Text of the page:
Maryland Jockey Danny Wright To Be Inducted Into Anne Arundel County Sports Hall of Fame – Horse Racing News

Maryland Jockey Danny Wright To Be Inducted Into Anne Arundel County Sports Hall of Fame – Horse Racing News

Jockey Danny Wright’s riding career coincided with one of the finest periods in Maryland racing, one that produced Hall of Famers Chris Antley, Kent Desormeaux, Chris McCarron, and Edgar Prado.

Also sharing the room during that time were local stars like Mark Johnston and Donnie Miller Jr., who between them won 19 meet titles at Laurel Park and historic Pimlico Race Course. Between 1974 and 1990, seven Maryland-based jockeys won the Eclipse Award as champion apprentice – McCarron, Ronnie Franklin, Alberto Delgado, Allen Stacy, Desormeaux, Mike Luzzi and Johnston.

Competing right alongside them all from 1976 to 1993 was Wright, held in high regard by colleagues, horsemen and fans alike for his honesty and dedication. His success over more than five decades in racing, both as a jockey and in later years as a steward, has earned Wright a spot in the Anne Arundel County Sports Hall of Fame.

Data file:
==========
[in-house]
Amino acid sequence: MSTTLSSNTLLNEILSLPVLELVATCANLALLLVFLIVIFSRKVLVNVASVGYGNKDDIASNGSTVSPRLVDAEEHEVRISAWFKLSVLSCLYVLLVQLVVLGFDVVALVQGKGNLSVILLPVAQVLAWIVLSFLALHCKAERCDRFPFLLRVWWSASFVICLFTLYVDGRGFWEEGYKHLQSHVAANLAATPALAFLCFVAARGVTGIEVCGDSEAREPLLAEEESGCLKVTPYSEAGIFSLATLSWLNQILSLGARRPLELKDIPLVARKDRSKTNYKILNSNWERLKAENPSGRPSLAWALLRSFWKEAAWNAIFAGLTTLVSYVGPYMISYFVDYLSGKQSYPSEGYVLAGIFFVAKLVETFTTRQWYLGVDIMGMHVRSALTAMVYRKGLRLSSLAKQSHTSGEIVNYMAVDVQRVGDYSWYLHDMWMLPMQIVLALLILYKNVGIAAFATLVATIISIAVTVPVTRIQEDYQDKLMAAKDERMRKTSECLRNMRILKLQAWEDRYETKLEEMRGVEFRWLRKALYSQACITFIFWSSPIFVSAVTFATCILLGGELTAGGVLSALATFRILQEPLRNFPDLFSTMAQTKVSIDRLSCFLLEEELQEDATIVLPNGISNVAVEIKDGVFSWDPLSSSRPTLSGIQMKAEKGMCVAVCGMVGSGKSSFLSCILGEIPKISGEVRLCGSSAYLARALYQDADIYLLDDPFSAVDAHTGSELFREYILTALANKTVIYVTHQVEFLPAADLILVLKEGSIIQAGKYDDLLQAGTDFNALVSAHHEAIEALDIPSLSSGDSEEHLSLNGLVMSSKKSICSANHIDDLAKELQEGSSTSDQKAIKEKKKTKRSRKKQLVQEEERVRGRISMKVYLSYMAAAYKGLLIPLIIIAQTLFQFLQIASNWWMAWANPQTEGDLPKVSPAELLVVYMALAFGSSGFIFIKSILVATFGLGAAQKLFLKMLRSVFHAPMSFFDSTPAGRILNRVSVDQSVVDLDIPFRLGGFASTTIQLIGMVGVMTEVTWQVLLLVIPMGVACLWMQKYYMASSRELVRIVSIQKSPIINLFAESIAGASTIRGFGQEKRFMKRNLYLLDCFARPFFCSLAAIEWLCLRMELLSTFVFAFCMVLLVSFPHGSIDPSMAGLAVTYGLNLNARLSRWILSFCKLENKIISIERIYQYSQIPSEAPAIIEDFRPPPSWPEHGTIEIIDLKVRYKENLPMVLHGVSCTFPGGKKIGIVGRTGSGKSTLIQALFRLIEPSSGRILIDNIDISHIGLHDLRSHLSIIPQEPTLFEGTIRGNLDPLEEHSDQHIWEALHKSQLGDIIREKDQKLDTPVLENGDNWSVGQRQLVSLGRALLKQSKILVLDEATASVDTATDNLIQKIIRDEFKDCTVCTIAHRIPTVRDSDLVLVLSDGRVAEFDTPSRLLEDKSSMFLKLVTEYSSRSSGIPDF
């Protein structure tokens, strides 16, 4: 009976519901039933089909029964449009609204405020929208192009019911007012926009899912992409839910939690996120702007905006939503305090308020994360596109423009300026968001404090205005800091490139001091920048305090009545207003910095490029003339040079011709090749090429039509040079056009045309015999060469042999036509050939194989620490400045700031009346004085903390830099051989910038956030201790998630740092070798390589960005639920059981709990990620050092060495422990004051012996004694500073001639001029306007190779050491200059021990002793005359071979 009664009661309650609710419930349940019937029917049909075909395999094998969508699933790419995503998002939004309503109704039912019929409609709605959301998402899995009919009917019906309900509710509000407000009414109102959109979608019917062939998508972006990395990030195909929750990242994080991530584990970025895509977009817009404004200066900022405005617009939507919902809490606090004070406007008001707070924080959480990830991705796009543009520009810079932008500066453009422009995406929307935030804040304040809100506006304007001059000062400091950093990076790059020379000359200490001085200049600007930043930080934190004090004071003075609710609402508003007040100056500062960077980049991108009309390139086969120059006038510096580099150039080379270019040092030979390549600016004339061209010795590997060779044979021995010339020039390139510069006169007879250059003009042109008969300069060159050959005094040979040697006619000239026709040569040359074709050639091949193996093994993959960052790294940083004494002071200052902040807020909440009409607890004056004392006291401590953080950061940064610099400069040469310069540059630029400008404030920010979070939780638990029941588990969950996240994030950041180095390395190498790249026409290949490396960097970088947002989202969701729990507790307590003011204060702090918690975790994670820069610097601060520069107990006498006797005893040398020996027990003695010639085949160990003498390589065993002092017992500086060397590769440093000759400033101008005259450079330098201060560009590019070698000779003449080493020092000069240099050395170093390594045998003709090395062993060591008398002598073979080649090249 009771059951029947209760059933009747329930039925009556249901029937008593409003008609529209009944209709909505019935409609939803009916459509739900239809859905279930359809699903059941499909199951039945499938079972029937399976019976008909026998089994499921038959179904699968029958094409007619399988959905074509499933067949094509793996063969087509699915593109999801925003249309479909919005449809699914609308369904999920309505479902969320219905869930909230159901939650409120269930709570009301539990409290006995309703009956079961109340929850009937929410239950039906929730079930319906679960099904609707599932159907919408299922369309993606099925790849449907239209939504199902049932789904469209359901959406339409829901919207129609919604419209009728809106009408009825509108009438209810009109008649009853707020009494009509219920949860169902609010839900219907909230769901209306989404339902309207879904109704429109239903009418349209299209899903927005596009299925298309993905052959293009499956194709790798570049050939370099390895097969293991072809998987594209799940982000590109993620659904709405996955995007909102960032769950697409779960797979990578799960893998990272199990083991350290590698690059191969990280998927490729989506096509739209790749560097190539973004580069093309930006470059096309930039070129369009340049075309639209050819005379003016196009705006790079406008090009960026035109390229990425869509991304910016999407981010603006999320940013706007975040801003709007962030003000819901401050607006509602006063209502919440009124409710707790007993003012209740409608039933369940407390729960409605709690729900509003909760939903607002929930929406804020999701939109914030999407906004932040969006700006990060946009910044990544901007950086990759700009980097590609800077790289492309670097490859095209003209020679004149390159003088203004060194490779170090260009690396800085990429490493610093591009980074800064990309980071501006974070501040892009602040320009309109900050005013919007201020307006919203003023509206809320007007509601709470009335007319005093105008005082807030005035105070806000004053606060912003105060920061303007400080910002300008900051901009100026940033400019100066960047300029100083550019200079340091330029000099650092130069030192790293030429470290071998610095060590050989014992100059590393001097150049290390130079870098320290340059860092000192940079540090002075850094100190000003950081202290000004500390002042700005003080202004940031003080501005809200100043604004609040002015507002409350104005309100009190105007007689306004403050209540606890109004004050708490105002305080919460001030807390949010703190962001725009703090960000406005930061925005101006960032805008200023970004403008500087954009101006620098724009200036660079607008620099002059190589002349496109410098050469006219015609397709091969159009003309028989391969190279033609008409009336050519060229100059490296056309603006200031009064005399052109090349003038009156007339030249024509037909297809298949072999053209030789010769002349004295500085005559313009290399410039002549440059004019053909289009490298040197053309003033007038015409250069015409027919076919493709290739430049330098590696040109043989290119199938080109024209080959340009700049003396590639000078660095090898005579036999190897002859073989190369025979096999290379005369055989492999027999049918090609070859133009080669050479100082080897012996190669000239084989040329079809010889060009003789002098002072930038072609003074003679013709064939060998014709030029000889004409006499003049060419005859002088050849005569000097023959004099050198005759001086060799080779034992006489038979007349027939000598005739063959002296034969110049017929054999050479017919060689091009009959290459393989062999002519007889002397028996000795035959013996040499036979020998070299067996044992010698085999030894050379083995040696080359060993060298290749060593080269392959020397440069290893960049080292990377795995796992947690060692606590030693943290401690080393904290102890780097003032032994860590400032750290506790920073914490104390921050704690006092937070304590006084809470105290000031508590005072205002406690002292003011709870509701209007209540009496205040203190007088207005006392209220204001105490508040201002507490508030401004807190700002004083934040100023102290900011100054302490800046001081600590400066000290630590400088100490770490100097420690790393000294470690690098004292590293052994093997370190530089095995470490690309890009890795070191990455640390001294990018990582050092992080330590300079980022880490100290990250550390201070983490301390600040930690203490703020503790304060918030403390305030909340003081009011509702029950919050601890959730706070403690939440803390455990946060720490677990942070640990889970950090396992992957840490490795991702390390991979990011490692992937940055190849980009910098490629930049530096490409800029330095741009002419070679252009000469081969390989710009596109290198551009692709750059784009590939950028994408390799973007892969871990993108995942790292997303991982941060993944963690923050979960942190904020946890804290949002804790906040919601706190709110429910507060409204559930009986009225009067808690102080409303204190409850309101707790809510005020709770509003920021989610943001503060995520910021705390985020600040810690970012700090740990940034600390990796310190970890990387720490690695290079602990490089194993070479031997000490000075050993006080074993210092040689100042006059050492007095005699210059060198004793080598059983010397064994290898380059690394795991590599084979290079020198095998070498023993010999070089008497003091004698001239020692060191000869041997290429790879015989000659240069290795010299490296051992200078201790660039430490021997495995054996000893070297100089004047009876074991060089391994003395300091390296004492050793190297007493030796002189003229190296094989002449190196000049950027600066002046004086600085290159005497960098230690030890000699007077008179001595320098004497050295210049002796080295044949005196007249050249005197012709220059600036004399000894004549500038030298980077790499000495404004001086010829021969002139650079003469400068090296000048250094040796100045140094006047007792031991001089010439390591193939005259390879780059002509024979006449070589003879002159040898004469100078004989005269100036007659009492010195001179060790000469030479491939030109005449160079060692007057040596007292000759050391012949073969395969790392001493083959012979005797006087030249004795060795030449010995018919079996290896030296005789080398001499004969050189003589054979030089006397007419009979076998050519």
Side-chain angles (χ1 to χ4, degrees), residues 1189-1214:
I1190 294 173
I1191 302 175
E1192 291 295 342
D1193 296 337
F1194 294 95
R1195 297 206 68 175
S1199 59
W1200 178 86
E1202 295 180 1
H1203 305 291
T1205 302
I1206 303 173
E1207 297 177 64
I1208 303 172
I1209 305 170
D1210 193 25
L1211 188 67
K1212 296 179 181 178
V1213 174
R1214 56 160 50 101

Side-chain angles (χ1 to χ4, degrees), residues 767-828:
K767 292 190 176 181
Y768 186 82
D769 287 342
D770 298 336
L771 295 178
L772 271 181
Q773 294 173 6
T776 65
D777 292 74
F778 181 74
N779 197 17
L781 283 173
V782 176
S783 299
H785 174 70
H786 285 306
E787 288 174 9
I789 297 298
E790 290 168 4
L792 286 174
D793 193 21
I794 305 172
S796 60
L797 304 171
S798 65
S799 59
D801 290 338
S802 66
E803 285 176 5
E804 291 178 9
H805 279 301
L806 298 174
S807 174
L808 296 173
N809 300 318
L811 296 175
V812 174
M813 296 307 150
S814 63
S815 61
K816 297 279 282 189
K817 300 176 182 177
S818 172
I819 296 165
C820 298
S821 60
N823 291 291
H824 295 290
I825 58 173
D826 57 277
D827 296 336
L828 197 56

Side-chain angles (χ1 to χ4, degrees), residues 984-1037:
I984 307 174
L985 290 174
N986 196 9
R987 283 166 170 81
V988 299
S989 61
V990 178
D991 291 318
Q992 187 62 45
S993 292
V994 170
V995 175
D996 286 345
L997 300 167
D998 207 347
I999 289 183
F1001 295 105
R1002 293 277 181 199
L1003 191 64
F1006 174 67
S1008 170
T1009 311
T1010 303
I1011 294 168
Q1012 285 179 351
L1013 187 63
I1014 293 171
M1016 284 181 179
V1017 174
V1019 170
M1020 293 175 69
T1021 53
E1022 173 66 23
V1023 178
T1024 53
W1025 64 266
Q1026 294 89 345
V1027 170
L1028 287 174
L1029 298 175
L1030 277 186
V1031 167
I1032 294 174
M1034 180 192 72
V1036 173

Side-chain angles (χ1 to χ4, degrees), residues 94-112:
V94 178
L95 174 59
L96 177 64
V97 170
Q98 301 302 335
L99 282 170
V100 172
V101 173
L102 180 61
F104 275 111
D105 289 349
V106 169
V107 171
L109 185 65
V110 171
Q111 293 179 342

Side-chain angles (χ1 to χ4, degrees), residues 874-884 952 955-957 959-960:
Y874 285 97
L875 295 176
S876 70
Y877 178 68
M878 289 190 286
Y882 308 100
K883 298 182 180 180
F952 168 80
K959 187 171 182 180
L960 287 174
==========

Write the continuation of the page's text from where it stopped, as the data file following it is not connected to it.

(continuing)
“I was proud to be a part of the colony,” Wright said. “That was when, in my opinion, riding was at its best.”

Wright, who turns 76 Dec. 7, will be inducted in the 31st annual ceremony Wednesday night in Annapolis. Joining him in the Class of 2022 are retired major league pitcher Gavin Floyd, Cornell All-American wrestler Mack Lewnes and former Chesapeake High softball coach Dennis Thiele.

“I am definitely excited. I’m just tickled pink they’re not presenting it to me posthumously,” Wright said. “All kidding aside, it’s certainly something I didn’t expect. I never felt I was a standout by any stretch of the imagination, but by the same token it’s a great honor.”

A native of Brooklyn Park, Md., where he was county champion in the 95-pound weight class as a varsity wrestler, Wright made his professional debut Jan. 1, 1976 at Laurel and won his first race later that day aboard Titanic Red.

Laurel is also where Wright won his last race aboard Wilder Now Dec. 15, 1992 and rode for the last time, finishing second on No Peer March 20, 1993. Over his career, Wright won 1,424 races, a dozen graded-stakes and nearly $14 million in purse earnings.